Bodies which plan and fund healthcare in west Berkshire, Buckinghamshire and Oxfordshire could now have just one accountable officer despite a "very low level of support" for the proposal.

Berkshire West and Buckinghamshire Clinical Commissioning Groups (CCG) have both backed the management merger which now just needs Oxfordshire CCG approval.

The Buckinghamshire, Oxfordshire and Berkshire West Integrated Care System (BOB ICS) held a public consultation from October 10 to December 1 on:

  • Proposal 1: Appointing a single accountable officer and designing a shared management team for the three CCGs
  • Proposal 2: Creating stronger Integrated Care Partnerships (ICPs) in the three areas
  • Proposal 3: Merging the three CCGs into one

Berkshire West CCG – which covers Reading, West Berkshire and Wokingham – backed the proposal at this morning’s governing body committee, subject to the shared management team designs being backed at a later date.

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Mr Burrows admitted, however : “There was a very low level of support for the proposal.”

Plans to merge the three CCGs and create stronger ICPs will be considered in the next financial year of 2020/2021, which starts in April.

What is the current situation and what happens next?

Buckinghamshire and Oxfordshire already share one accountable officer – Louise Patten – while Cathy Winfield is the chief officer at Berkshire West.

If approved by Oxfordshire, a single accountable officer will be appointed and a shared management team will be designed to oversee the three CCGs.

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Managing directors would also be appointed to each CCG and have “a very similar role” to the current chief officer role.

South Reading Patient Voice co-chair Jim Penn called for Ms Winfield to take the chief officer job at the three CCGs, praising her performance.

Too big a job?

Saby Shetcuti, a lay member on the board, raised concerns about the challenge of one person taking on the role of overseeing three CCGs.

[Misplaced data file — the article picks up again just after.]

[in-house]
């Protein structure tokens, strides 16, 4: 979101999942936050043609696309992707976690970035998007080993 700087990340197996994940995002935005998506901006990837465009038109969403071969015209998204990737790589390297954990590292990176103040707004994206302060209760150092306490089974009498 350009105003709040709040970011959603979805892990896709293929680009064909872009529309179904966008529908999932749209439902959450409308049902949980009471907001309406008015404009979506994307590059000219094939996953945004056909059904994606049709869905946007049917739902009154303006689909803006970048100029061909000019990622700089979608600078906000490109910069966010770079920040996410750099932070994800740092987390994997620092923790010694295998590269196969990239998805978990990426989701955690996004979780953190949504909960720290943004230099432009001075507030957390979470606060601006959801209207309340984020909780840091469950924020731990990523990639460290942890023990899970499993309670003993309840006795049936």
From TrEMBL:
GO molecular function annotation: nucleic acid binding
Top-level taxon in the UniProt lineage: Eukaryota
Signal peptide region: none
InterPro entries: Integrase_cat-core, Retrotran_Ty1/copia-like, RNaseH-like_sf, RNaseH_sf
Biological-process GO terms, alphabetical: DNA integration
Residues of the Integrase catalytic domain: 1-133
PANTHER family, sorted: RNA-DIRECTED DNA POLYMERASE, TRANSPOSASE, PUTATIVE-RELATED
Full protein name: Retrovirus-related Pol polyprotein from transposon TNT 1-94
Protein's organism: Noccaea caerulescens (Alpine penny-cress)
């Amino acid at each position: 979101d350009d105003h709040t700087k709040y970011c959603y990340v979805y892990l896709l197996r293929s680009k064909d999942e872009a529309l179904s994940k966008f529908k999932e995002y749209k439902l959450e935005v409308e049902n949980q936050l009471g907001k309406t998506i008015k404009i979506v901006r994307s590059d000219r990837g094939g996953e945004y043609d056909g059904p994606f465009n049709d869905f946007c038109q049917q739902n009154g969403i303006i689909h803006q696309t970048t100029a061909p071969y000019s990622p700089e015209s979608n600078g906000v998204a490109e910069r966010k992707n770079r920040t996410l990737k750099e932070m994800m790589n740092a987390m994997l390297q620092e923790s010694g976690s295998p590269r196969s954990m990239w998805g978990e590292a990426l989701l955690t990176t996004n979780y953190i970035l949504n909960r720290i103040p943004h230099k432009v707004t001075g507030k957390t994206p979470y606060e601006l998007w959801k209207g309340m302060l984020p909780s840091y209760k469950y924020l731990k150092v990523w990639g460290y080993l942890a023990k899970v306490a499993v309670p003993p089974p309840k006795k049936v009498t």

She said: “It is a massive job. You just have to look at what our current accountable officer does. Is it feasible?”

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Sam Burrows, BOB ICS programme director, responded: “The role would be very different from the current one.

“The creation of the managing director role is crucial – they would have a very similar role to the current accountable officer.”

How people responded to the consultation

The strongest opposition to the shared accountable officer proposal was in Berkshire West, with almost 70 per cent opposing the plans.

There were 224 responses to the consultation, with 209 deemed countable and just 21 respondents backing proposal one.

The proposal to create stronger ICPs (think of them as local councils working with local NHS services to maximise their voice in the wider BOB area) received the strongest support.

“Fait accompli” and “back to front”: Other concerns raised at the meeting

GP representatives said “moving too fast will upset people” (Reading’s Andy Ciercierski) and “there is a realisation this will happen anyway” (Wokingham’s Debbie Millingan OBE).

Speaking after the meeting, South Reading Patient Voice co-chair Monica Morris agreed with Ms Milligan, calling the plans a ‘fait accompli’.

While Francis Brown, a Healthwatch Reading board member, called the decision to vote on the chief officer proposal “back to front” but received little explanation in response.